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The world’s best surfers highlighted coastal stewardship by helping plant native species and restore coastal dunes on the Gnarabup coastline today, ahead of the start of the Margaret River Pro.

Nature Conservation Margaret River Region teamed up with the World Surf League (WSL), Australian pro surfers Isabella Nichols and Ryan Callinan, and a collaboration of groups including the Shire of Augusta-Margaret River, Margaret River Coastal Residents Association, Undalup Association, Great Southern Reef Foundation, Tangaroa Blue, and juniors from Cowaramup Bay Boardriders for a busy bee in the Gas Bay dunes.

Nichols and Callinan joined a small army of local volunteers planting native pigface and spinifex into the dunes and laying down brush to close extra tracks and give the vegetation a chance to recover.

“I feel like when we go to different stops and tour locations it’s always we’re taking, we’re taking waves… and to come and give back to the local environment, it means so much to all of us,” said Nichols, the current women’s world no. 10. “Hopefully we can leave it as we found it, and maybe better. Wherever you are in the world, whether you’re a local or a tourist, get involved.”

Callinan, the current men’s world no.6, said: “We’re here trying to help the environment and conserve it as best we can and keep the nature alive. To me, it’s really important to conserve our environment and our beaches, and for everyone to chip in and do their part to make sure these special places aren’t harmed. To be able to help with something like this feels really good.”

It comes after the region’s peak conservation group also hosted a Coastal Forum at Surfers Point this week, which highlighted the hard work and many successes of the groups, individuals and stakeholders who are dedicated to protecting the Margaret River coastline. But it also put the spotlight on the many threats, from human impacts to invasive species, erosion, climate change, habitat loss and being “loved to death”.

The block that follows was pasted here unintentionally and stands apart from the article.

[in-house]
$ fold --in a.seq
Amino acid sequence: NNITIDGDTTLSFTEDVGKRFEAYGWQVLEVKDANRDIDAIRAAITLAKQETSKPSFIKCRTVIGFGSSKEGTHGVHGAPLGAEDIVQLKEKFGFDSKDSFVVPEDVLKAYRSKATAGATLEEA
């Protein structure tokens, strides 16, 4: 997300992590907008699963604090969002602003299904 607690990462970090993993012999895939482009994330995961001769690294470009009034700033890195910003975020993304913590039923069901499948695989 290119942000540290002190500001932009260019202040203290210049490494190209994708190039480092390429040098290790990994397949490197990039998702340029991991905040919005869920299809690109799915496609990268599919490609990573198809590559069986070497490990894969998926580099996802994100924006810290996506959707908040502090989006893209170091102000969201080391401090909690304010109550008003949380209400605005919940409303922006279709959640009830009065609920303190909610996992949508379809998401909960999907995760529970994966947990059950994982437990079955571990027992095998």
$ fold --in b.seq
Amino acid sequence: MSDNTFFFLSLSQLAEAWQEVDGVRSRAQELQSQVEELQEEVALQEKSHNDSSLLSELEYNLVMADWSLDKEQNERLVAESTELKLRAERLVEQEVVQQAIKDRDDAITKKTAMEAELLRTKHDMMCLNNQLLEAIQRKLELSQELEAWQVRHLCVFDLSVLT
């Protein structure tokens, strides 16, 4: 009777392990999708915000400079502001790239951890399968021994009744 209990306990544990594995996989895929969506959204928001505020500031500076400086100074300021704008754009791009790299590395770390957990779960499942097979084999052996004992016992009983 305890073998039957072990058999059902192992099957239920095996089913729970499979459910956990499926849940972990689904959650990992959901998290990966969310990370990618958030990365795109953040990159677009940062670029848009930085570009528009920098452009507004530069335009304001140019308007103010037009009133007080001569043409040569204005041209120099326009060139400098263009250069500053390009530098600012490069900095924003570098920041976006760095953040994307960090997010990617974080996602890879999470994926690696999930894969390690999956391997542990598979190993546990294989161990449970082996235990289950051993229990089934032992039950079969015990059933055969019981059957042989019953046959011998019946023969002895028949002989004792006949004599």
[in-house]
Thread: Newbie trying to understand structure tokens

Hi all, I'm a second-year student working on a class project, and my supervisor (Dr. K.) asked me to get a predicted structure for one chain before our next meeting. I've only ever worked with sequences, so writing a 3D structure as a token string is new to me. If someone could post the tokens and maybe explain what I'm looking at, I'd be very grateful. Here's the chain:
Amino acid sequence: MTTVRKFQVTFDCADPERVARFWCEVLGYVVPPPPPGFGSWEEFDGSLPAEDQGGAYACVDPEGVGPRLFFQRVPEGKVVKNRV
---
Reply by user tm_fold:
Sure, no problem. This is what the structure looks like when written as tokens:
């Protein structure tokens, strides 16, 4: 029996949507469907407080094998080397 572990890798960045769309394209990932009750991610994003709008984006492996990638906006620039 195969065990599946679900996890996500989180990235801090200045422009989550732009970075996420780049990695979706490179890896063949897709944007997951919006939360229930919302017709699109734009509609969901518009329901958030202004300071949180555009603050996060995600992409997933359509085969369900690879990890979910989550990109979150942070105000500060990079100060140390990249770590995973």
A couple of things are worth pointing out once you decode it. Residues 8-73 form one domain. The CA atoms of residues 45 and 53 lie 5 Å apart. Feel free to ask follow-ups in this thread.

At the forum, there was almost unanimous support for the idea of a new voluntary “coastal code”, where locals and visitors alike would become stewards and champions of our coast and its conservation. The concept is modelled on the tiny Pacific island nation of Palau which introduced a requirement for visitors to sign a pledge to act in an ecologically and culturally responsible way on the island. The hugely successful campaign, called the Palau Pledge, was the brainchild of author Laura Clarke, who spoke at the Nature Conservation coastal forum and said a similar concept could be an option here.

Nature Conservation general manager Drew McKenzie said both the coastal code and the partnership with the WSL were examples of stewardship of the coast. “Alone, we can all do a bit. But together we can really achieve so much. That’s the strength of this partnership with the WSL and so many local groups working on the ground in the Margaret River region,” he said. “A lot of us use the coastline for fun and recreation, but it’s really important we become custodians and stewards for the coast too – by acting with respect and treading lightly when we’re on the coast, learning more about the flora and fauna, joining your local coast care or environment group and giving back.”

Genny Broadhurst from the Margaret River Coastal Residents Association said a strong collaboration of local groups was “building and accelerating” the efforts to maintain and increase coastal habitat.

Tangaroa Blue’s Casey Woodward said working together was vital to tackling daunting global environmental issues like climate change, erosion control and plastics in our marine environment. “None of us can tackle these issues on our own but if we work together… we have a fighting chance,” she said.

Photo caption: Representatives of groups who collaborated on our coastal care day including (from left) Sahira Bell from Great Southern Reef Foundation, Casey Woodward from Tangaroa Blue, Drew McKenzie from Nature Conservation Margaret River Region, World Surf League surfers Ryan Callinan and Isabella Nichols, Kay Lehman from Augusta Margaret River Shire, and Genny Broadhurst from Margaret River Coastal Residents Association.